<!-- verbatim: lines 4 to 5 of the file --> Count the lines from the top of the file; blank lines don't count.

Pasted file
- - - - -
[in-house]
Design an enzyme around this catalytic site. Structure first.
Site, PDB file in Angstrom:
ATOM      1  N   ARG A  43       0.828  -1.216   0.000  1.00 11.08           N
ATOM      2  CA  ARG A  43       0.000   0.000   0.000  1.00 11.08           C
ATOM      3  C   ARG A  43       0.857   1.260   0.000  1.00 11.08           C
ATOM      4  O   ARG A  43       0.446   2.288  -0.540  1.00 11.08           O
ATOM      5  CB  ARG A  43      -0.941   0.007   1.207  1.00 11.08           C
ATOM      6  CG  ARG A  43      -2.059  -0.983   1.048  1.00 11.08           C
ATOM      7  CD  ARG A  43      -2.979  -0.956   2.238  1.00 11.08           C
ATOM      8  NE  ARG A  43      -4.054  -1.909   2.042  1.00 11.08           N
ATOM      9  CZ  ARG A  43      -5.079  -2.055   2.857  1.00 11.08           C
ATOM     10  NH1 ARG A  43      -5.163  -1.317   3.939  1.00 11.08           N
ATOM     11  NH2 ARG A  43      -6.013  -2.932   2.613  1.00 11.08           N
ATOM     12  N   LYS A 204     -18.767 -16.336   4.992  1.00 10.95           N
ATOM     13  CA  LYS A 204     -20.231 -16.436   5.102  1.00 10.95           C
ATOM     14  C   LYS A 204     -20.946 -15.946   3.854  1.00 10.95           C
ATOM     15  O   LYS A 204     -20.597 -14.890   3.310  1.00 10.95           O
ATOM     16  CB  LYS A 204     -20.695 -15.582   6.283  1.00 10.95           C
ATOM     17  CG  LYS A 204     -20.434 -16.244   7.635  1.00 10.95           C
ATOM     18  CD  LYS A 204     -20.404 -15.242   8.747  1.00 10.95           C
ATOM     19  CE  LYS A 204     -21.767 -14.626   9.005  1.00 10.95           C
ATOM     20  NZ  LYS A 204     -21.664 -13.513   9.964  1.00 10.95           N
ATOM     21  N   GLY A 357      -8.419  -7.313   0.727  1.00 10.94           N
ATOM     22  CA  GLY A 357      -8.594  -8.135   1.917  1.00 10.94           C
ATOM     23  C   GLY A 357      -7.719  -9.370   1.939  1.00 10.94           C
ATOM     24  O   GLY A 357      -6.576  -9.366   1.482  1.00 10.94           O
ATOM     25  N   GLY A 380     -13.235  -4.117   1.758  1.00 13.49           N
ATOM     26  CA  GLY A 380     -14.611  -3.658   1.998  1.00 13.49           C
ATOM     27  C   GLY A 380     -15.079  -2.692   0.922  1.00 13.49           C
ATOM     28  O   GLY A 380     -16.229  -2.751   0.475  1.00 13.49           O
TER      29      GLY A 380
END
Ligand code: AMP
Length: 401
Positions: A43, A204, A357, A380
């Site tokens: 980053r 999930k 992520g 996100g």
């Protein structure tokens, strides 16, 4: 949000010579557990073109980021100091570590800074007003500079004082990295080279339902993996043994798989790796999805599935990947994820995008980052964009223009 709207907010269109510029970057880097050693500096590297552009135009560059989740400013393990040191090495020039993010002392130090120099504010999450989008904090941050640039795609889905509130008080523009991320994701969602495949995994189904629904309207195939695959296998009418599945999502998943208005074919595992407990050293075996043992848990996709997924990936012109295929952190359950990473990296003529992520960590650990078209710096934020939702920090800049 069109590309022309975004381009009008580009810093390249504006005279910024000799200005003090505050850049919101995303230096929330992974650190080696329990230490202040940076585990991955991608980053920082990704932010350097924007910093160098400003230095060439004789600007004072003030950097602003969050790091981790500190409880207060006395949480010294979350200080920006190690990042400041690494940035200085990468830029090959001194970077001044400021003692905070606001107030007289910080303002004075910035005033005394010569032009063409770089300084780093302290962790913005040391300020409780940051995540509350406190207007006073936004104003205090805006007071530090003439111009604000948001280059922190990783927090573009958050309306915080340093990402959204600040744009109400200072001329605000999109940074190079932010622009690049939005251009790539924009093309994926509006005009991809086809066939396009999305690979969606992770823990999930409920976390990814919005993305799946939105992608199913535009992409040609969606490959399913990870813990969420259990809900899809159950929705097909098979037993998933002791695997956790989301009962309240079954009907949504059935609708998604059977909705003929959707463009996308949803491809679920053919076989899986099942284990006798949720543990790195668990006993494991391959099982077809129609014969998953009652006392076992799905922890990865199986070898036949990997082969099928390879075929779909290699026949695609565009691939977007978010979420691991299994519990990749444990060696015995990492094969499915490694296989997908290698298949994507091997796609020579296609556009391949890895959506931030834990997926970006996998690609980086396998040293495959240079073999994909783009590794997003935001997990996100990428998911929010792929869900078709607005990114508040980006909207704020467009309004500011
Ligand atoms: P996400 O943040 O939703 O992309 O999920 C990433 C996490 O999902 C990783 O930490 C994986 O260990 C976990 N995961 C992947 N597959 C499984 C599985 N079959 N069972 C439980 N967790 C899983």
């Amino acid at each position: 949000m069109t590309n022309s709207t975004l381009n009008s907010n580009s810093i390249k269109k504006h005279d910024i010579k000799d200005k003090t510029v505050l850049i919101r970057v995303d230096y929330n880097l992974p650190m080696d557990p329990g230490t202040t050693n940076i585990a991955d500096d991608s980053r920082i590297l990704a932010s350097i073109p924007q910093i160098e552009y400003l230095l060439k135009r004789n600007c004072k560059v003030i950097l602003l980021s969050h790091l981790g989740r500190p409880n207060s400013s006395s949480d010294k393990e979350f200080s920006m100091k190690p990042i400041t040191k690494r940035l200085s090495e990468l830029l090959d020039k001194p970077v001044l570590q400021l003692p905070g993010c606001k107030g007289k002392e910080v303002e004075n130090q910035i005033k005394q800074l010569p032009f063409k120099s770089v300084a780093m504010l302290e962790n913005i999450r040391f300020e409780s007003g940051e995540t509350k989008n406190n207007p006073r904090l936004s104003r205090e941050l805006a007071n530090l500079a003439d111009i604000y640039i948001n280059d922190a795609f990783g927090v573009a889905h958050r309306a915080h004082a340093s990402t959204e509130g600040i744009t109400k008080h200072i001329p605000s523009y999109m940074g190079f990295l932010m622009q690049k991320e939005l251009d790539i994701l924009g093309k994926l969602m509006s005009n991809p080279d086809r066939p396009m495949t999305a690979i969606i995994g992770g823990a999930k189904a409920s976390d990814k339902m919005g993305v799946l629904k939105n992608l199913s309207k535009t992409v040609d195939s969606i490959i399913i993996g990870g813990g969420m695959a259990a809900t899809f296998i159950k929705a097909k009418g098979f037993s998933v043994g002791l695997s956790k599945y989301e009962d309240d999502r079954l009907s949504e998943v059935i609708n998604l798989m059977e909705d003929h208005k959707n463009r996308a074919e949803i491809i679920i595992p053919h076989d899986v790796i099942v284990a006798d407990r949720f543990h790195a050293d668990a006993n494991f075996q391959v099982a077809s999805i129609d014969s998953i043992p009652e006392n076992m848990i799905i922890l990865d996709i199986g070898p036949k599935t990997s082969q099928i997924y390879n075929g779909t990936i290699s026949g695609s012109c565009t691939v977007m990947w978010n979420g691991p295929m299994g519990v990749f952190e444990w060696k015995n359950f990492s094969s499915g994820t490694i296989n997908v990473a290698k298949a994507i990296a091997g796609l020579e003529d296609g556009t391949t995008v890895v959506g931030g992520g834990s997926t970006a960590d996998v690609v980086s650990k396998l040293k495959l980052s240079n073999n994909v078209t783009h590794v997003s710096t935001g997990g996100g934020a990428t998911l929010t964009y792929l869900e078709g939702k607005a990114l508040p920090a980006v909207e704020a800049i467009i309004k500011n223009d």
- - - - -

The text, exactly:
ATOM      1  N   ARG A  43       0.828  -1.216   0.000  1.00 11.08           N
ATOM      2  CA  ARG A  43       0.000   0.000   0.000  1.00 11.08           C